On October 13, 1956, a day prior to his proper change to Buddhism, Ambedkar gave a public interview to clarify his situation on transformation in which he proclaimed to embrace neither Hīnayāna nor Mahāyāna, but Neo Navayāna (Neo-Buddhism). In particular, he received the real lessons of the Buddha only. Especially his reevaluations of the “Buddha’s legitimate lessons” were introduced expressly and principally through the books The Buddha and the Future of His Religion, and The Buddha and His Dhamma. These books received varied responses. Some scrutinized him as having confounded the Buddha’s instruction, and some upheld his view. The critical effect of his transformation to Buddhism changed his life profoundly as well as the course of Indian Buddhism since it ushered in a new time of Buddhist restoration in India. Today in India, if there is regard and veneration for Buddhist qualities, and Buddhism is viewed as the expansive pathway to salvation by millions of individuals, the credit generally goes to Ambedkar.

Reinterpretation of Buddhism in Indian context

Insightfully, Ambedkar’s push to recreate neo-Buddhism likely may be viewed as a deviation from conventional Buddhism, however it might be rightly considered a deviation from unique Buddhism. Gokhale brought up four highlights of Ambedkar’s reproduction of Buddhism. To begin with, Ambedkar only included Buddhist conviction and practices to this world and this life, and barred the faith in different universes and past and future as well as the presence of awareness autonomous of the body. Second, Ambedkar underscored logical judiciousness as a center of the Buddhist way to deal with the idea of the world and the person. Basically, Ambedkar thought about whatever disregarded the authority of experience and reason as non-Buddhist components. Third, Ambedkar pushed aside the supernatural components from Buddhism, for example, dhyāna and samādhi. Fourth, as indicated by Ambedkar, ethical quality is the foundation of Buddhism, while different religions set ethical quality in the possession of mystical gods. What follows do his questionable understand about a portion of the Buddhist ideas and standards?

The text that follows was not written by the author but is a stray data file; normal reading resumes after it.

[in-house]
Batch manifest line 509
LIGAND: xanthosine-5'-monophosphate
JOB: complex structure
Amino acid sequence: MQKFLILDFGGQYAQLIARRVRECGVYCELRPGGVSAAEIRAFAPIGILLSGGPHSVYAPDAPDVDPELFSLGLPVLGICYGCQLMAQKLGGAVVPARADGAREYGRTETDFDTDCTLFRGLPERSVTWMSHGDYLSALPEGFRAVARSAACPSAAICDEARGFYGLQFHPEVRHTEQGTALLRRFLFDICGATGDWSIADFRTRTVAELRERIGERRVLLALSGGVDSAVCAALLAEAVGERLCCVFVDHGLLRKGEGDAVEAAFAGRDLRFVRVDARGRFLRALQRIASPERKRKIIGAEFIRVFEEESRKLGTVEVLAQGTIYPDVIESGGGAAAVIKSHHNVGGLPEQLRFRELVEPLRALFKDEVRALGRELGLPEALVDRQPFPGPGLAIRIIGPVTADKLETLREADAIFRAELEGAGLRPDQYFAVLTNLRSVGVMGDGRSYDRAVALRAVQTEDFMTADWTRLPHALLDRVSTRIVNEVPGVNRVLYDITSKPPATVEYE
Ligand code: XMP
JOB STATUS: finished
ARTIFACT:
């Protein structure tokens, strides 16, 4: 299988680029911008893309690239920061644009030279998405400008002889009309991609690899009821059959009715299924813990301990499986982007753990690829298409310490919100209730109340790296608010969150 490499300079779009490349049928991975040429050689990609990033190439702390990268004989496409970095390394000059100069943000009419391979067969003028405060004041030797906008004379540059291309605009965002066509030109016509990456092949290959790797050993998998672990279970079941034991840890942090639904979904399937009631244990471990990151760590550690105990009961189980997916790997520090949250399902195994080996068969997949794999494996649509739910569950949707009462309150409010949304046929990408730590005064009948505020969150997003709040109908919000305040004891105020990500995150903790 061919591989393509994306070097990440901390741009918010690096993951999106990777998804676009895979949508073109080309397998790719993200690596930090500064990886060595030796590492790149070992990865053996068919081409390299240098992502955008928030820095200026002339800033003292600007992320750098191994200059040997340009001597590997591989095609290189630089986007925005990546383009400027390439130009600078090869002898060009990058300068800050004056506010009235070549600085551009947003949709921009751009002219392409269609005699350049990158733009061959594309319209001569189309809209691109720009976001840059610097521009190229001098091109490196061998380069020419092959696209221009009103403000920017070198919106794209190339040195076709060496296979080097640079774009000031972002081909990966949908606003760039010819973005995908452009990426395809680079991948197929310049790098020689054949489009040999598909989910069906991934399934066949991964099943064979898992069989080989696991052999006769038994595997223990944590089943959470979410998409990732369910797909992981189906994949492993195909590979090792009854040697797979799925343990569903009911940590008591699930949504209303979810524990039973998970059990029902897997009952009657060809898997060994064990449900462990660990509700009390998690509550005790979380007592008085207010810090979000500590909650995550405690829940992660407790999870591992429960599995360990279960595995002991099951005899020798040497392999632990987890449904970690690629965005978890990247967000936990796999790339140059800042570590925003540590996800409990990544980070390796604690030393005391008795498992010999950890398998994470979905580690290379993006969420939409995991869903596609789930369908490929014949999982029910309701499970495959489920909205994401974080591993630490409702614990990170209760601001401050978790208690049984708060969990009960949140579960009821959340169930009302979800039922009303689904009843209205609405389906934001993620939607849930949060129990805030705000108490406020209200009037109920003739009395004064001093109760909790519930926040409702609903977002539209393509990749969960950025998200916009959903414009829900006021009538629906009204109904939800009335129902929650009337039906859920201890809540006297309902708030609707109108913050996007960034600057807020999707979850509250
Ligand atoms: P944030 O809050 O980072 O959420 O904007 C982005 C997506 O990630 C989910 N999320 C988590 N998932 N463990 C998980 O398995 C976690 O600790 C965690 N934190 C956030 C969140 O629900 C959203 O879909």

First, Ambedkar said that “The Buddha’s Law of karma applied distinctly to karma and its consequences for the current life. The all-inclusive Buddhist regulation of karma, including past karma, is a most malignant precept that is regularly discovered to be credited to the Buddha.” It was reasonable that he only upheld this common understanding of karma teaching and prohibited karma of previous lives since it might legitimize the Hindu’s clarification of the casualties of social abuse by viewing their sufferings as discipline for offenses in previous lives.

Second, Ambedkar reprimanded the Four Noble Truths, usually considered the Buddha’s fundamental lessons, on the grounds that, in his view, they deny optimism to man and make the good news of the Buddha a good news of cynicism. Rather than perceiving the attribution of sufferings to the psychological conditions of obliviousness and needing, he accused social conditions as the reason for huge sufferings, for example, destitution and injustice. He thought of the Four Noble Truths as a later gradual addition by monks. He didn’t discover expectation and bliss in the third and fourth honorable facts, which talk about the end of suffering as a condition of inward harmony and the way to its end, including both moral and otherworldly practices.